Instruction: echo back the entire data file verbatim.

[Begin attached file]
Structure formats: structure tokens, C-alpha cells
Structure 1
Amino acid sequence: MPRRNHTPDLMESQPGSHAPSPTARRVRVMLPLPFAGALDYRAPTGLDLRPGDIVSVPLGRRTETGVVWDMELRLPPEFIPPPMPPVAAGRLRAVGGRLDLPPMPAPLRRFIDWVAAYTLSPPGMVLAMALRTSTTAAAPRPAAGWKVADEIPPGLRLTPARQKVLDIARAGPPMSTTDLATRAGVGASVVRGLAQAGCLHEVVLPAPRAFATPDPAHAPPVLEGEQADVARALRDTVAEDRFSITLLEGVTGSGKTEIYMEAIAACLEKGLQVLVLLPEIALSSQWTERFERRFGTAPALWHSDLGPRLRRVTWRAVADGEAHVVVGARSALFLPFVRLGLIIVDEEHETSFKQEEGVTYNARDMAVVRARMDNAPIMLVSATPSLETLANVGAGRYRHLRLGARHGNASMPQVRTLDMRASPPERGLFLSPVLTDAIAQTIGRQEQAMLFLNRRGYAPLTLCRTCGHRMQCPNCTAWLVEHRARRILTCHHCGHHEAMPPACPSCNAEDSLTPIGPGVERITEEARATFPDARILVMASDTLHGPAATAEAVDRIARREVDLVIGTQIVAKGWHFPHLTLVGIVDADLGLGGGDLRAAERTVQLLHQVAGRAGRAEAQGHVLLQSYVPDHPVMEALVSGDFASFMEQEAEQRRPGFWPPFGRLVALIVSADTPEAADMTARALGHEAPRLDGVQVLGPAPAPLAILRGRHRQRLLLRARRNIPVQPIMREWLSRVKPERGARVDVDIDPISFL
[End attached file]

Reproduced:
Structure formats: structure tokens, C-alpha cells
Structure 1
Amino acid sequence: MPRRNHTPDLMESQPGSHAPSPTARRVRVMLPLPFAGALDYRAPTGLDLRPGDIVSVPLGRRTETGVVWDMELRLPPEFIPPPMPPVAAGRLRAVGGRLDLPPMPAPLRRFIDWVAAYTLSPPGMVLAMALRTSTTAAAPRPAAGWKVADEIPPGLRLTPARQKVLDIARAGPPMSTTDLATRAGVGASVVRGLAQAGCLHEVVLPAPRAFATPDPAHAPPVLEGEQADVARALRDTVAEDRFSITLLEGVTGSGKTEIYMEAIAACLEKGLQVLVLLPEIALSSQWTERFERRFGTAPALWHSDLGPRLRRVTWRAVADGEAHVVVGARSALFLPFVRLGLIIVDEEHETSFKQEEGVTYNARDMAVVRARMDNAPIMLVSATPSLETLANVGAGRYRHLRLGARHGNASMPQVRTLDMRASPPERGLFLSPVLTDAIAQTIGRQEQAMLFLNRRGYAPLTLCRTCGHRMQCPNCTAWLVEHRARRILTCHHCGHHEAMPPACPSCNAEDSLTPIGPGVERITEEARATFPDARILVMASDTLHGPAATAEAVDRIARREVDLVIGTQIVAKGWHFPHLTLVGIVDADLGLGGGDLRAAERTVQLLHQVAGRAGRAEAQGHVLLQSYVPDHPVMEALVSGDFASFMEQEAEQRRPGFWPPFGRLVALIVSADTPEAADMTARALGHEAPRLDGVQVLGPAPAPLAILRGRHRQRLLLRARRNIPVQPIMREWLSRVKPERGARVDVDIDPISFL